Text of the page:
Lions Gate Tops Views After Streaming Helps Offset Movie Decline
(Bloomberg) -- Lions Gate Entertainment Corp. posted stronger results than Wall Street predicted last quarter after sign-ups for the Starz streaming service and the licensing of library content helped offset continued weakness at the box office.
- Though revenue declined 7.2% to $876.4 million in the fiscal fourth quarter, that was well above the $800.7 million analysts estimated. Excluding some items, operating income came in at $77.4 million, roughly double the amount projected.
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- Lions Gate’s Starz service now has 16.7 million streaming subscribers. Though that’s just a fraction of what streaming giants like Netflix Inc. boast, the number was up 69% from a year earlier. The Santa Monica, California-based company had previously forecast 13 million to 15 million.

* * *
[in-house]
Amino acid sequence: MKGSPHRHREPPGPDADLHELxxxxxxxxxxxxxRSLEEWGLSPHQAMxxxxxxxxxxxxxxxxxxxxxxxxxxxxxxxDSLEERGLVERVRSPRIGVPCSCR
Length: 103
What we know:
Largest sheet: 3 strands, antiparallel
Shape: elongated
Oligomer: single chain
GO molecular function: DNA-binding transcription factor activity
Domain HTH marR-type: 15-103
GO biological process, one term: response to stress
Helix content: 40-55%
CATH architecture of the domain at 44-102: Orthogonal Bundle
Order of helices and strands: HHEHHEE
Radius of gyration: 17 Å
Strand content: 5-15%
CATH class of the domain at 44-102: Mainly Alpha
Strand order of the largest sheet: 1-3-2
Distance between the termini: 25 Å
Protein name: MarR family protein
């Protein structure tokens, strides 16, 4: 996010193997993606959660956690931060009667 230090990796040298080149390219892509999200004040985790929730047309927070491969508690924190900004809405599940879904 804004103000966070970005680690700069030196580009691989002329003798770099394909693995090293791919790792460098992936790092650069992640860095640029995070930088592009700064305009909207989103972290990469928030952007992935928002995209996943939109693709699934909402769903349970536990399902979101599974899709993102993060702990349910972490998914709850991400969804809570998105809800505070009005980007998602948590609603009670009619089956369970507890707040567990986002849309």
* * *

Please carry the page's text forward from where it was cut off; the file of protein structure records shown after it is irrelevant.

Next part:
- That’s helped make up for a dismal stretch at the box office. Domestic theaters were only just restarting during the company’s fourth fiscal quarter, and productions were slowly going back to normal -- with Covid-19 precautions in place.
- The company also is now the subject of acquisition speculation after the announced $8.45 billion purchase of rival studio Metro-Goldwyn-Mayer by Amazon.com Inc. on Wednesday. Management will likely face questions about how it will compete with larger streaming rivals on a conference call later Thursday.
- Lions Gate is still grappling with a large debt load and a transition to a la carte distribution from traditional carriage for its Starz cable channel, according to an analysis by Geetha Ranganathan at Bloomberg Intelligence. Still, shares have jumped in recent weeks after two major media deals were announced, with the studio possibly able to fetch $9 billion in a sale.
- Lions Gate shares were unchanged in extended trading after the results were announced. They have advanced 64% this year, mostly on deal speculation.
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